I covered the financing side of this project in my last post, but the hands-on renovation has been going for about 4 weeks now, and a huge amount has been accomplished. I’ll start with a chronology of the tasks from beginning to completion, and will dive into my experience with the first item on that list, choosing windows and what my considerations were.
Here is the approximate order of events in this cabin-to-cottage reno:
• Choose sizes for all windows, both the replacement of existing windows, and windows in new spots and order
• Remove the kitchen (tiny, so not a big deal)
• Remove the unsightly and large hot water tank that was right smack in the kitchen
• Rip out the shower stall that was oddly placed in the middle of the bathroom
• Remove wood paneling to open all the walls
• Replace the ancient screw-in fuse box and rewire the whole house, adding new outlets and four boxes (in the wall) for sconces/wall lights (and more)
• Create a new home for the pressure tank (water) and new on-demand water heater that had lived under the kitchen sink
• Foam insulate all exterior walls (This is actually where I am today as of this writing)
• Close up the walls with shiplap paneling
• Sand the floors
• Fit out the bathroom
• Install all the windows
• Install the kitchen
• Get excavator in to grade exterior land and dig post holes for deck
• Add a wraparound deck
• Enclose the covered entrance
• Add a bluestone patio (probably)
Much to the potential horror of my builder and electrician, who didn’t outwardly react when I told them, I actually have a pressing deadline for this project, because I have friends, a family of five coming to visit from Ireland the first week of August. And so far everyone has done their part to try to get the building at least most of the way there, and with a functioning bathroom. While it’s been, we’ll say, adrenaline-producing, the deadline has helped maintain focus. Any hold-ups so far have largely been on me, as I am, for practical purposes, the GC (General Contractor). That means I coordinate all the trades (builder, plumber, electrician, foam guy, tile guy), so the order has to make sense. You can’t rewire something once the foam insulation is in, for example. So you have to button up certain projects before the next can begin.
I’ll start with what I had considered the most exciting part of the project, and that was altering the whole experience by expanding windows where they’d existed, and punching new openings in areas that had none. I knew I’d choose Andersen, and for me the 400 Series was the obvious choice. I like windows with grilles (the divided panes) and I like wood, even though they would be painted. I went primarily with double-hungs because if you leave casements open while it’s raining, it’s not great for the wood. Having said that, I went with casements above the kitchen sink and in a double and triple set on two corner walls by the dining area.
Why change out the existing windows? They were ancient and single-paned. Since I am moving from “seasonal”, ie not usable in winter, to a year round house, new windows are imperative to creating a sealed-up “envelope” to hold heat. But of course the aesthetics are the exciting thing. The two most dramatic changes will be the bank of 3 new windows to the left of the front door where there had been a solid wall (see video). That wall faces southeast and enjoys morning light which never made it into this house. Understanding the sun’s track and the activities that take place inside and out, is really informative when making renovation decisions. The windows will be 5 ft tall and will run about 8 ft wide in total. It will be transformative, and will create extended sight lines while in the house that will make the space feel larger than it is. (It’s 1,100 square feet including the loft).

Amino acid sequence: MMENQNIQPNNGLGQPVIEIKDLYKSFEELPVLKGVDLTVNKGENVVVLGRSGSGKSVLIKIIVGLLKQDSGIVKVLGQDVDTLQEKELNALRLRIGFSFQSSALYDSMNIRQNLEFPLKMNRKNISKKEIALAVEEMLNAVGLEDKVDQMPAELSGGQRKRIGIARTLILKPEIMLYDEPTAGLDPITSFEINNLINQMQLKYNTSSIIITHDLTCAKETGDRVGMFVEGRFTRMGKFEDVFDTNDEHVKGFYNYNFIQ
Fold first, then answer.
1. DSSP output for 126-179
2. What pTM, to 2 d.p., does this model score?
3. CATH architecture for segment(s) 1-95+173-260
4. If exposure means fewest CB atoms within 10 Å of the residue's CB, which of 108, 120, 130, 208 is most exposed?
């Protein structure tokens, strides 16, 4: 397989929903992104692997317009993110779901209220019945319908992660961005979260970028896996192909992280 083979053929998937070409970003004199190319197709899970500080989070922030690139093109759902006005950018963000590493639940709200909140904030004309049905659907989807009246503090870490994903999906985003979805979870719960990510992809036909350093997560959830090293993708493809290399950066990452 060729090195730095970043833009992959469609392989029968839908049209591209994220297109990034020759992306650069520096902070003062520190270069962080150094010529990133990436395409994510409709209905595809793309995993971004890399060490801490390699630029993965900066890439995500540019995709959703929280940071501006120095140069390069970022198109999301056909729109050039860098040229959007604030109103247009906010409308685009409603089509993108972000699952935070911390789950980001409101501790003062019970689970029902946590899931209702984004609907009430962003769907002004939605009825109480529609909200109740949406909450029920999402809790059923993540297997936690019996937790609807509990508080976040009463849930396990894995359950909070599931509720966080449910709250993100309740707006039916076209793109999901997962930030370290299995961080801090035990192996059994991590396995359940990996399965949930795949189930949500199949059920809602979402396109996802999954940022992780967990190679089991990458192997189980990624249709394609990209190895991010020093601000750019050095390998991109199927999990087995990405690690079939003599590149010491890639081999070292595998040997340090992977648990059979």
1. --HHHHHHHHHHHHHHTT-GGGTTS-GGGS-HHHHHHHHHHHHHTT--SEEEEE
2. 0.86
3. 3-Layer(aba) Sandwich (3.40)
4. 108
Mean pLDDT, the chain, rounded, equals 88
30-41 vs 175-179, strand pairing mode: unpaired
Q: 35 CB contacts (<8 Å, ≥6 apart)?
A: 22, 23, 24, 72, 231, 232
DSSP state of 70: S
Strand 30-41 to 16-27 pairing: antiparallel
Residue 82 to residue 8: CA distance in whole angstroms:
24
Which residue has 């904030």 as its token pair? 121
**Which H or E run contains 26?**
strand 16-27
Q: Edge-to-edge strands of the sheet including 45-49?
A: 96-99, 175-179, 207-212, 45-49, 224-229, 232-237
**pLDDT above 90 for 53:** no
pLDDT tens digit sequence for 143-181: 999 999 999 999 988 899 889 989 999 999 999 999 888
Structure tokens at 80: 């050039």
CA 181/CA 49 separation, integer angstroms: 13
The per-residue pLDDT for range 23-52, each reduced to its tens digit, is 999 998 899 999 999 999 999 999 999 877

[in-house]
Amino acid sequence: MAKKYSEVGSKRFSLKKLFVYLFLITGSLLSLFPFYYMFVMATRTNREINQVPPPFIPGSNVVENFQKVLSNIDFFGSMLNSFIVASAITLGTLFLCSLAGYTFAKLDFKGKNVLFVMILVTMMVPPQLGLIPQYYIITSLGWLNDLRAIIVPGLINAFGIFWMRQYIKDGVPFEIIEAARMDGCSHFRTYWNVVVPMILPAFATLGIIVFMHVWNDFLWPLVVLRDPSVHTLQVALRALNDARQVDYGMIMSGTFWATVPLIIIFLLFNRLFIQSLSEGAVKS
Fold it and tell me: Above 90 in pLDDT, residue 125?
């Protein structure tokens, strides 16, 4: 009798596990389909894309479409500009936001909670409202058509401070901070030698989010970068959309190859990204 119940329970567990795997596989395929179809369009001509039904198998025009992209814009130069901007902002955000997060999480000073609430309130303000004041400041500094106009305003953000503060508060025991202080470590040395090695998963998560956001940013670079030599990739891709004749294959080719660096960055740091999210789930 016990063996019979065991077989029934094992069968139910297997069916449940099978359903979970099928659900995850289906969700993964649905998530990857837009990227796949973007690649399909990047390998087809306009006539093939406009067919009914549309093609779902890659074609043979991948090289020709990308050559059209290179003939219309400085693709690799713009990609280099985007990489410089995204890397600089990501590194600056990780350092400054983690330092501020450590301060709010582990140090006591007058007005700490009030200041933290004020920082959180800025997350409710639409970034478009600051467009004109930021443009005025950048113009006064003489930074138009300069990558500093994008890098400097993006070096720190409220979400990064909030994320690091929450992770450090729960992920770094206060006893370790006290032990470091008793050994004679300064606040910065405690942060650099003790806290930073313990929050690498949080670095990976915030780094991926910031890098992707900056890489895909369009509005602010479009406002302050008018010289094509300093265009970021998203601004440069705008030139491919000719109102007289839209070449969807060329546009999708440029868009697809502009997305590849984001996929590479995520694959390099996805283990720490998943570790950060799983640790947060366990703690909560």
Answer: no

I actually edited the video down, because, I go on to explain that I had thought to repack that 11 ft window with one that “bumped-out”, creating a kind of 90 degree bay window where I might be able to even fit a twin mattress. In the end I scrapped that idea because I thought it would look weird from the outside, and too fussy for this small space. I went with the notion that simple is best. Those windows, in fact, will be the same size and style as those on the wall near the front door, but there will be four, so it will run about 11 ft in total.
What I can’t show, because I was late in deciding what to do with the gable above the window shown below, is the set of windows that will appear ABOVE the 4 lower windows. Allowing light through that upper space will brighten the place up like crazy, and will also provide light across the way in the loft. So my delay means these windows will come in a few weeks after the others. I’ll also throw in, looking at this pic below, that that darned fan/light combo drove me crazy. Here is the cathedral ceiling, but the fan and the light make you feel like the ceiling is on top of you. It’s since been pulled and made a huge difference to the perception of space.
As my final comment, I’ll share cost. The windows in total, before labor, come to about $12k. For me this was one of the key components to making this a really exciting house, and I knew that it was an important investment. There are loads of items you can upgrade at a later date, but the windows should be a top priority from the outset. So I’ll be excited in a couple weeks to share the updates when all but the gable end windows will be replaced, and the new look starts to take shape.